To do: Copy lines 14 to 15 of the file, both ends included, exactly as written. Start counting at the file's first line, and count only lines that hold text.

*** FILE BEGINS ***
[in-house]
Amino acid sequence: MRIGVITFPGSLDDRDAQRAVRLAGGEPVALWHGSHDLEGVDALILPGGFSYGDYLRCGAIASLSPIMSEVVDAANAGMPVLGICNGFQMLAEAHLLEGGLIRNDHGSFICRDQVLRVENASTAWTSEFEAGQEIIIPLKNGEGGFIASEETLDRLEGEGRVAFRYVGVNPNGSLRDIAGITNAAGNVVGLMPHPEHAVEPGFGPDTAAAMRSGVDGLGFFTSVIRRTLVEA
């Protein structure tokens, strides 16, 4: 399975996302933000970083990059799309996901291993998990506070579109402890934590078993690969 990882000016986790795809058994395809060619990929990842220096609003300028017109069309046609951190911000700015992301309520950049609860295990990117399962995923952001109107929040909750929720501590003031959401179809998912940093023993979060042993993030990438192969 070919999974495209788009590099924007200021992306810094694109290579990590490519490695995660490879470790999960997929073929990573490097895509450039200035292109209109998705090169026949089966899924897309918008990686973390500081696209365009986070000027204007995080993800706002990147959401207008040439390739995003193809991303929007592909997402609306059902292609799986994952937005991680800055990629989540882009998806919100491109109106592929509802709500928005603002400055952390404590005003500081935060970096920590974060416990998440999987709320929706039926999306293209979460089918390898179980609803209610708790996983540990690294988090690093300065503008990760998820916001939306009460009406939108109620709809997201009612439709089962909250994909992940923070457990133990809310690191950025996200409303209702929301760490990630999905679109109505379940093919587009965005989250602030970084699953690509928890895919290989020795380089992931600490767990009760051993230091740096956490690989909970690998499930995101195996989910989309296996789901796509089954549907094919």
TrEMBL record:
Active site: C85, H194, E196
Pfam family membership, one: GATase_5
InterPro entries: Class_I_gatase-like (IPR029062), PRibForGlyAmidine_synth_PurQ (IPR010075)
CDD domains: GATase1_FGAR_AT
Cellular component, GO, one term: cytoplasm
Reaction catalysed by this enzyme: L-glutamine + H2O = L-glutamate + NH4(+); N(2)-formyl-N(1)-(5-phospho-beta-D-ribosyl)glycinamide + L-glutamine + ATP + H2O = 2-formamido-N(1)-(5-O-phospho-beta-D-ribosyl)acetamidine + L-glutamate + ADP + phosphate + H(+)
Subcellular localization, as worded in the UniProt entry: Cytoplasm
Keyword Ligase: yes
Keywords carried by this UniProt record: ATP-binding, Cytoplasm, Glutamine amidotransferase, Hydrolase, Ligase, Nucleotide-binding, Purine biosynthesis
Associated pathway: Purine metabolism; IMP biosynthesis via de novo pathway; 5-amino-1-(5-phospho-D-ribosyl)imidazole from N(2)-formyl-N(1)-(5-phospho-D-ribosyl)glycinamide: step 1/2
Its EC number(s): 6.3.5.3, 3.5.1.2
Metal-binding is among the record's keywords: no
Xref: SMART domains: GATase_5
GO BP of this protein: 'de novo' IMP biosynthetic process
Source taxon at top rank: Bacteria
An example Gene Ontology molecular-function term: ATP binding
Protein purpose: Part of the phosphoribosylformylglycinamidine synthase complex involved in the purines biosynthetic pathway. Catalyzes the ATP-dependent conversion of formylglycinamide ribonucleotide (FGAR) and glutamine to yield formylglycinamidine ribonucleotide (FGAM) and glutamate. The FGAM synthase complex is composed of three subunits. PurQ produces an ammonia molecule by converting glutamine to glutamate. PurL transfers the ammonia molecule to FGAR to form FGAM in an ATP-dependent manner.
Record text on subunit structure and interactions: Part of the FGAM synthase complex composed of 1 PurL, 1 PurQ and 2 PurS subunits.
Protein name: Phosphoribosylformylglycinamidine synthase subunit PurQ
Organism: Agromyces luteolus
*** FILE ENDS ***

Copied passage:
Associated pathway: Purine metabolism; IMP biosynthesis via de novo pathway; 5-amino-1-(5-phospho-D-ribosyl)imidazole from N(2)-formyl-N(1)-(5-phospho-D-ribosyl)glycinamide: step 1/2
Its EC number(s): 6.3.5.3, 3.5.1.2